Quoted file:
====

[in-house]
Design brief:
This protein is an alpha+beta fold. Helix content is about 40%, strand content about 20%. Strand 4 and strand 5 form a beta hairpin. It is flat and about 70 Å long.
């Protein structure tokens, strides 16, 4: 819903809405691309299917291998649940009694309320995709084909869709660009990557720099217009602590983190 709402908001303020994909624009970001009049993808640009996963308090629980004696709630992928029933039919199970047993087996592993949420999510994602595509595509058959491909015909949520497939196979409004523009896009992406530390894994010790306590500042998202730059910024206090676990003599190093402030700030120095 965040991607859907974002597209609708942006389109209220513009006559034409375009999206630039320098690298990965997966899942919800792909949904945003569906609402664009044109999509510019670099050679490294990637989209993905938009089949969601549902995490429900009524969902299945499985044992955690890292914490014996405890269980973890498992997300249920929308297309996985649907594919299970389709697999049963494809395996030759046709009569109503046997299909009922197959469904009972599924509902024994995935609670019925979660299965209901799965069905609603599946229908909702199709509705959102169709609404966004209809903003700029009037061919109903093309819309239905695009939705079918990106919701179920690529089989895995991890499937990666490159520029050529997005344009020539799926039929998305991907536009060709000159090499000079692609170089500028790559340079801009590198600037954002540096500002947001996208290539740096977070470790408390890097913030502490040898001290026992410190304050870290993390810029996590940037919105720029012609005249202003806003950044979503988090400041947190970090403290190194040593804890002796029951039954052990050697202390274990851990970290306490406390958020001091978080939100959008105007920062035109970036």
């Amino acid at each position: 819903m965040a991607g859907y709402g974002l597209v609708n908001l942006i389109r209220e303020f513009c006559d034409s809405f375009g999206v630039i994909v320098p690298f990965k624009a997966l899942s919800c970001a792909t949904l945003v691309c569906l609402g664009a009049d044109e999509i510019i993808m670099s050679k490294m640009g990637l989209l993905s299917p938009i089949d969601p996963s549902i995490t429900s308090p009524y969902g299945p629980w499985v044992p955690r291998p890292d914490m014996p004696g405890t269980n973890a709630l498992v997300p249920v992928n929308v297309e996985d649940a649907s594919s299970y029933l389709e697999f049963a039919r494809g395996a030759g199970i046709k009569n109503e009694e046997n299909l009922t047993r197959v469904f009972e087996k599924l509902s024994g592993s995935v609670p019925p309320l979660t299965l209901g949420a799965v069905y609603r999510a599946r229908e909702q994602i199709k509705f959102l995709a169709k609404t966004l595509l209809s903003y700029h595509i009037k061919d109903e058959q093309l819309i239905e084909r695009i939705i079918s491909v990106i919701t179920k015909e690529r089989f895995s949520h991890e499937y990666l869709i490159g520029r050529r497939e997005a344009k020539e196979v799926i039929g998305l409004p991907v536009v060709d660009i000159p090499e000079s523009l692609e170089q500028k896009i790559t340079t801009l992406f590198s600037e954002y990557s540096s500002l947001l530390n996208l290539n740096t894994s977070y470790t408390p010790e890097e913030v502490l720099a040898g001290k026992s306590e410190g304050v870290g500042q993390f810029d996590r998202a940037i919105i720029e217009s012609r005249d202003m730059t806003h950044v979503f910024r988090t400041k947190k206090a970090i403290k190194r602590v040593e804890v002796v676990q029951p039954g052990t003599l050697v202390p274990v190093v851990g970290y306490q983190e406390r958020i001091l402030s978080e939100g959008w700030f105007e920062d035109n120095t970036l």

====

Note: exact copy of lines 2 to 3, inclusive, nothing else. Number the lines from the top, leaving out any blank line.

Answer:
Design brief:
This protein is an alpha+beta fold. Helix content is about 40%, strand content about 20%. Strand 4 and strand 5 form a beta hairpin. It is flat and about 70 Å long.